“Algorithms that dating sites have spent millions of dollars to refine aren’t necessarily bad. They’re just not as good as we want them to be, because they’re computing our half-truths and aspirational wishes.”—Amy Webb, Data: A Love Story
i just read portions for silver foxes, and i have to say AMEN. your writing is REAL and raw. unfortunately, thought catalogue has become a cesspool of idealized stupidity catered to 13 year olds. there needs to be real writing on what it truly means to be young and living in New York--especially living out some idealized dream that has honestly fallen to crap. i loved your piece because as i was slightly inebriated and pining over an old love, i was reminded that shit happens, and its ok. rockon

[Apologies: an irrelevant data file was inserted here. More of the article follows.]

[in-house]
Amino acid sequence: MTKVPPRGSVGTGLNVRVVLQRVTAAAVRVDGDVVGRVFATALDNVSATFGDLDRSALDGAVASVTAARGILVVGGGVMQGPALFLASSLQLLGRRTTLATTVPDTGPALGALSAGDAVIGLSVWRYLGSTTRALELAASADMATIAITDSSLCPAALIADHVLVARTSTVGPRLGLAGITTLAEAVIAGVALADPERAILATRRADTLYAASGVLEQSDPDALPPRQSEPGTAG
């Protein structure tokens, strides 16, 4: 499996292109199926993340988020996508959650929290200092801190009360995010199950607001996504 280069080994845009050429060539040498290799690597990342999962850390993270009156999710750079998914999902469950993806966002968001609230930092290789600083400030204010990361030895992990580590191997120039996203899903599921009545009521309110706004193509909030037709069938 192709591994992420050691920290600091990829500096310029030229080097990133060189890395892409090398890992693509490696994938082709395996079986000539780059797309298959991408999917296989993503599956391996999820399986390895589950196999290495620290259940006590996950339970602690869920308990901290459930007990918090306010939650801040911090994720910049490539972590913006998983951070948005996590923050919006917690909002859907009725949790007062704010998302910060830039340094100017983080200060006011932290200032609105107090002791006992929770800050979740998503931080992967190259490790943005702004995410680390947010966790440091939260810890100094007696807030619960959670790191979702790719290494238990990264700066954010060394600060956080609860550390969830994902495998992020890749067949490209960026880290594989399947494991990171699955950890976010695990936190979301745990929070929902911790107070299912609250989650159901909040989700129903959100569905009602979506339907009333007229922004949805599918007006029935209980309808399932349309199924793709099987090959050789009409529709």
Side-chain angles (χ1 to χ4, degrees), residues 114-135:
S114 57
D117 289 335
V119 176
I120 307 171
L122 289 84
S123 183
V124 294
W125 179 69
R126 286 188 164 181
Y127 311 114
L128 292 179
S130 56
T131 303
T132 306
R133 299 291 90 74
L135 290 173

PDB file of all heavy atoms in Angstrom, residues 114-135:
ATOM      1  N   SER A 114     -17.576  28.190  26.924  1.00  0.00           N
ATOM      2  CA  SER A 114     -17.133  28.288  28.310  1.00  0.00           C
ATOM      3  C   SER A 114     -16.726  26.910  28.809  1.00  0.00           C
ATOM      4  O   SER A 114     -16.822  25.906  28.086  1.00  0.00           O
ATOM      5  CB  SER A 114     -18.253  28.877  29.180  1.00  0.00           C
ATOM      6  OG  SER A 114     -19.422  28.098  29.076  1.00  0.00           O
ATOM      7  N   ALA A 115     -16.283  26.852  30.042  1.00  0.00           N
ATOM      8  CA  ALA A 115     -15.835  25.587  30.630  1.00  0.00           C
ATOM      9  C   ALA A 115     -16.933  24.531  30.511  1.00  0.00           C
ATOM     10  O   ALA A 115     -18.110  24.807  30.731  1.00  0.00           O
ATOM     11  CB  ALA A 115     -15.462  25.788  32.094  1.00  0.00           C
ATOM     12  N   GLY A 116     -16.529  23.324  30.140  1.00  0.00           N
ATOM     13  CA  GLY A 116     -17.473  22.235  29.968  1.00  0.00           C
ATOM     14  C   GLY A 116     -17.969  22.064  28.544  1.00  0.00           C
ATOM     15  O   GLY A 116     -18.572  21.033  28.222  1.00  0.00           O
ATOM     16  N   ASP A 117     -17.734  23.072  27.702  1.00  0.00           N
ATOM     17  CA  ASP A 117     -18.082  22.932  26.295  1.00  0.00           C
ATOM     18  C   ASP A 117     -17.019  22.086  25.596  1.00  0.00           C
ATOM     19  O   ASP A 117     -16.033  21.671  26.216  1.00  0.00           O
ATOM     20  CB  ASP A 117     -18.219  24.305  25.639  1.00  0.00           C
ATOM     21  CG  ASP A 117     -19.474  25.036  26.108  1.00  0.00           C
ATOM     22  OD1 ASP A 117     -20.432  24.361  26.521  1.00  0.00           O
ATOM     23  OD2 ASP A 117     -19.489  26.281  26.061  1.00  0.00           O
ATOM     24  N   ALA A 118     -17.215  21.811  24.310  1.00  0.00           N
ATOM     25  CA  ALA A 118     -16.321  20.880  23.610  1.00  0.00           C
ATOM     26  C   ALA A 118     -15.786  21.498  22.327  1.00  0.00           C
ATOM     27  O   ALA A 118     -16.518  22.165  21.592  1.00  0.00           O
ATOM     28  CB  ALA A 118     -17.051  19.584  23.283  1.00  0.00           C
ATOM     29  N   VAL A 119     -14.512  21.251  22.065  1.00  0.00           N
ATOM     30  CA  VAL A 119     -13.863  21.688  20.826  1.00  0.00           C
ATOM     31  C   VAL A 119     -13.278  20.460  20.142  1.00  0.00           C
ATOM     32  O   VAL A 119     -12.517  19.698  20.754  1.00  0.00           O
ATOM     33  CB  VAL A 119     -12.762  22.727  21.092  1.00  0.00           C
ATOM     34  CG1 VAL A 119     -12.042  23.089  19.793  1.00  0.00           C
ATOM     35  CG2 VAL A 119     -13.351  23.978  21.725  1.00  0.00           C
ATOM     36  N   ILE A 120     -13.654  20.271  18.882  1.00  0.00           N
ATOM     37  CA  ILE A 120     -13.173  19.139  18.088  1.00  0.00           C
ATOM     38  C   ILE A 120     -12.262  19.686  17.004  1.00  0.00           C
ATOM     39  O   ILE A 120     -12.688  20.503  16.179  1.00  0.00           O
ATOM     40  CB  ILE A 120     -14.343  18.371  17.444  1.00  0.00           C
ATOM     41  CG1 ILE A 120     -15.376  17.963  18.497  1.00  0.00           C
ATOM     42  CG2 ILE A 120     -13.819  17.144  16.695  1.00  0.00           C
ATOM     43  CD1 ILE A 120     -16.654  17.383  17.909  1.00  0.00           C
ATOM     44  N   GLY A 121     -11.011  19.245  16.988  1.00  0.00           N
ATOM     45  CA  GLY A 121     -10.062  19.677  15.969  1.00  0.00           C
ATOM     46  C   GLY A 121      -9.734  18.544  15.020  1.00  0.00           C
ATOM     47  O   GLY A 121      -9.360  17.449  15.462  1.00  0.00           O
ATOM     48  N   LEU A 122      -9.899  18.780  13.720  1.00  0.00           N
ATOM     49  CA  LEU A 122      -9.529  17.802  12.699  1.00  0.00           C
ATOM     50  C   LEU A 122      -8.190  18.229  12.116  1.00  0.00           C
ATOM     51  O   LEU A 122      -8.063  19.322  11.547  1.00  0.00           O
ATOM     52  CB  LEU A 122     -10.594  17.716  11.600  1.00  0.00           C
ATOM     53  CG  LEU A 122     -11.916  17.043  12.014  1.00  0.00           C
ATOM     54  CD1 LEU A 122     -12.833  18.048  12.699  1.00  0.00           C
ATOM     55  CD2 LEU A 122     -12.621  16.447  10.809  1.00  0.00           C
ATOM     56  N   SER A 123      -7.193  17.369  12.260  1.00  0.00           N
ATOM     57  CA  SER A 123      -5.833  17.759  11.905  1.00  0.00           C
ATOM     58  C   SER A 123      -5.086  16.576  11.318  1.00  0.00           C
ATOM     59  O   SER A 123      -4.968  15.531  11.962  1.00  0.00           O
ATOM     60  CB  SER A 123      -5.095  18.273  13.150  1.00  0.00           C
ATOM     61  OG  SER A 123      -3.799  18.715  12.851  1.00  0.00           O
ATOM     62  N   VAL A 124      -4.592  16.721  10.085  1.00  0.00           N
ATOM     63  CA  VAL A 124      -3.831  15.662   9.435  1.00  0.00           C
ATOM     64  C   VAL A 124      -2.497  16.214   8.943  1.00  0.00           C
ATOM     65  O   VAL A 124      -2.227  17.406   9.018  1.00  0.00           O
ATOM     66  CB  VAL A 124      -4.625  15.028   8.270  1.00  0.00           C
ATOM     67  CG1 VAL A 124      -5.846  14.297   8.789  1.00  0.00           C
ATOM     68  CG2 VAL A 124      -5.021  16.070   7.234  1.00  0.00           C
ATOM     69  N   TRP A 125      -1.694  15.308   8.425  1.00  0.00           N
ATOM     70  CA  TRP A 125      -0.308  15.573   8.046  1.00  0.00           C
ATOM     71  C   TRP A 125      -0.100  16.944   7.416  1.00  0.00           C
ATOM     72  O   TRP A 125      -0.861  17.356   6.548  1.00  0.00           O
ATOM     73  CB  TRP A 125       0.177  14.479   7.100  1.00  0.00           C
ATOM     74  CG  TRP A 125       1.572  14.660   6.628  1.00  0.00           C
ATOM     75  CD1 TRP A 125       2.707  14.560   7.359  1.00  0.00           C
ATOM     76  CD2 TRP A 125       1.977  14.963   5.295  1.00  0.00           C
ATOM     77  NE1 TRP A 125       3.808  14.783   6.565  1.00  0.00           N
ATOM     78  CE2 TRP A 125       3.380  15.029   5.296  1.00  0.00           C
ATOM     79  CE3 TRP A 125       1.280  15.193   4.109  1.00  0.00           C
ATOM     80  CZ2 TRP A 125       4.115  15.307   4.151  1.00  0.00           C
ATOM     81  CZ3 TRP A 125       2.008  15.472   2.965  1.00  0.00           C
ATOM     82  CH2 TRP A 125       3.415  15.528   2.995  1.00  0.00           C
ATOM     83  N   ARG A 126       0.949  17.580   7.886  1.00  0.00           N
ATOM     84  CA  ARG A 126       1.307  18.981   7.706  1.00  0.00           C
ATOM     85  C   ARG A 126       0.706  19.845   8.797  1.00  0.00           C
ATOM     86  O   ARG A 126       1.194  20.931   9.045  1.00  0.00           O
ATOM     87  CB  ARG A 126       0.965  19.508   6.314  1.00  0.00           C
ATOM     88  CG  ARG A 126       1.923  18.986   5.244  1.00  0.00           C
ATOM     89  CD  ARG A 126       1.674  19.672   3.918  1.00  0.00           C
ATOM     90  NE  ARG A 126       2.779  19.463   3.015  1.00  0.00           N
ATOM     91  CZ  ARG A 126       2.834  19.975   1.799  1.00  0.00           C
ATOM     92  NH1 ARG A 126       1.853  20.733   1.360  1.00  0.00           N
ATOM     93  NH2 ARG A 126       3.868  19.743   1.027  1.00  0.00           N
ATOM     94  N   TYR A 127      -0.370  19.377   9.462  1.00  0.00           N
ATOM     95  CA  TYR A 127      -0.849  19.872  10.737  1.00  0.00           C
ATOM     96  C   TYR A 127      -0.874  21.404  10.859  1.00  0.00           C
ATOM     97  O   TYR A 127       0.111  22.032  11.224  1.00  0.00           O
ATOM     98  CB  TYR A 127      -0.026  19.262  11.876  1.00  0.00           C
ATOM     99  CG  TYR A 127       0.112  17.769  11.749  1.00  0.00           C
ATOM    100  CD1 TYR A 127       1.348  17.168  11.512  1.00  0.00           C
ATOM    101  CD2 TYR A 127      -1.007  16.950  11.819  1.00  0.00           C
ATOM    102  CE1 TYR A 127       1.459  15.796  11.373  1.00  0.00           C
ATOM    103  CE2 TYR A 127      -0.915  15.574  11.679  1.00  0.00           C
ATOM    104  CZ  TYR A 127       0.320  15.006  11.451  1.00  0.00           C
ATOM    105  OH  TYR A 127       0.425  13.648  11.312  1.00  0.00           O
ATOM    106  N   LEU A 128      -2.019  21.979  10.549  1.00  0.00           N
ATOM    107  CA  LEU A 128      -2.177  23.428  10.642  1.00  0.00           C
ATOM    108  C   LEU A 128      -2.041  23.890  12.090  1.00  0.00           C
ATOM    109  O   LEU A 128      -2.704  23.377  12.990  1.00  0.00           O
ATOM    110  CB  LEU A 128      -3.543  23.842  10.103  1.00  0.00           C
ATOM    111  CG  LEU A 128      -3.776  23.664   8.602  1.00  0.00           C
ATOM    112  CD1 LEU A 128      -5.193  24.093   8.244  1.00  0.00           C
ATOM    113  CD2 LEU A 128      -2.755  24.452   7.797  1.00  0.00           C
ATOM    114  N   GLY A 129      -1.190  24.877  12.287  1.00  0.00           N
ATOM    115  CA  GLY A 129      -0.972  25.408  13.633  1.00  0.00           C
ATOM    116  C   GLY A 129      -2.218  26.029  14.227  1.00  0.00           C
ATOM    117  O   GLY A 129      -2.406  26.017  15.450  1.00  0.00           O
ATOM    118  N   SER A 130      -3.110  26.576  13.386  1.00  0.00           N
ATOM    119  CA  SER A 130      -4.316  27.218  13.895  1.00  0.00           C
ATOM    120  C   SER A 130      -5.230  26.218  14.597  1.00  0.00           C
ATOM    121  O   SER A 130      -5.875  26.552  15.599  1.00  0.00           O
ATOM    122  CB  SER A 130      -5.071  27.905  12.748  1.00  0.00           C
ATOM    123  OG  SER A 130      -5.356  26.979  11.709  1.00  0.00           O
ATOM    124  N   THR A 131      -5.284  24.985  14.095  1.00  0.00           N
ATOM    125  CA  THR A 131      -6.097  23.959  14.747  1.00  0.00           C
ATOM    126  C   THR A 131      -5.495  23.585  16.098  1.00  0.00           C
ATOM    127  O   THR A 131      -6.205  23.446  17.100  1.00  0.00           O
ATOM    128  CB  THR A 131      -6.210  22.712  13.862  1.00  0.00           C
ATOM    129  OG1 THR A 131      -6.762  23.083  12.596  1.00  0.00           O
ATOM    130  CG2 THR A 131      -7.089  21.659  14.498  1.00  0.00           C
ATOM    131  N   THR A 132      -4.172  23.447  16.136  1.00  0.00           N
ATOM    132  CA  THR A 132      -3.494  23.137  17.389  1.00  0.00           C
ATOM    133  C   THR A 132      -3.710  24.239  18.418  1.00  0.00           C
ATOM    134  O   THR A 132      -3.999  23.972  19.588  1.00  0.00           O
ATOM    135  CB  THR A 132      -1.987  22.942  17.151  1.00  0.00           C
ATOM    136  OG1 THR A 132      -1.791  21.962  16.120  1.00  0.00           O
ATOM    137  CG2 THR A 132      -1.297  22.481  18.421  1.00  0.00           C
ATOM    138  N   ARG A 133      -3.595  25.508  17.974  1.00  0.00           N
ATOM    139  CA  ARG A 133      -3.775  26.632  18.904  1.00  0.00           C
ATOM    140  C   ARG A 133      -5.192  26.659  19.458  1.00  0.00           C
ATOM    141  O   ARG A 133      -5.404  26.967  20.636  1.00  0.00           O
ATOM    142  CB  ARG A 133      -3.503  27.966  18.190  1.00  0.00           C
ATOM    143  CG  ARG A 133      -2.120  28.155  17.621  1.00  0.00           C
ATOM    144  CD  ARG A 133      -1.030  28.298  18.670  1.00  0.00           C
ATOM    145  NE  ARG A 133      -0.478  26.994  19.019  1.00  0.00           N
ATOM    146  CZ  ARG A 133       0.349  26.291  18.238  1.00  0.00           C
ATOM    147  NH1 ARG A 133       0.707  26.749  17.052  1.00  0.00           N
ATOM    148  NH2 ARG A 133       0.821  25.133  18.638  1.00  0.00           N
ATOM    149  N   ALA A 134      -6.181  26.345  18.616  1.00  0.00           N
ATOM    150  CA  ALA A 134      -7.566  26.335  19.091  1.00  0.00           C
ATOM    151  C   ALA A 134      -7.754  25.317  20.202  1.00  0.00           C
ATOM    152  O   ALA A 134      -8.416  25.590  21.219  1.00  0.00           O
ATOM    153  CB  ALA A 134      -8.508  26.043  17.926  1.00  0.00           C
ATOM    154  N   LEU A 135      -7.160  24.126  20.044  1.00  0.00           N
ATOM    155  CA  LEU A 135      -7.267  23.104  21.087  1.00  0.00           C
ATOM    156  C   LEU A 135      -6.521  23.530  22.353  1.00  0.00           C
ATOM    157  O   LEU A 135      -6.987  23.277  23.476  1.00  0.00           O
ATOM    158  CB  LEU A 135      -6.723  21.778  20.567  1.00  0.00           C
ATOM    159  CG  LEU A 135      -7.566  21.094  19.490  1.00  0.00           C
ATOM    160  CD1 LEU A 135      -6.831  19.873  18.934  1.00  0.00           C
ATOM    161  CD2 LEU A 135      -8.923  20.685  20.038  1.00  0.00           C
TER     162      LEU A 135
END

nice comments like these remind me it’s okay to write stuff that gets you hatemail <3
I appreciate when stuff like this pops up, especially as I’m battling my baseline level of crippling insecurity about my ‘work’.
I’m feeling verbose, so I’ll explain: after my last post on Thought Catalog—and the response it received, let’s not be coy—I’ve been thinking: is what I’m doing is a distraction - or worse yet - bullshit?
I’ve seen a lot of posts about internet ethics; the importance of keeping your business to yourself, of not sharing texts & emails for others to see and, often, mock.
Does that make these experiences I’ve screencapped, rehashed and repackaged shitty? And the inevitable and infinitely bigger question: does that make me shitty?
What I want to do is write, but I don’t know how to find the time & energy. I suffer unnecessarily due to perfectionism; if I can’t do it well, I’d rather not do it at all. How do you balance art with work, human bonds, adequate sleep, eating right, and exercise? When I think of balance, it’s between two things — not six.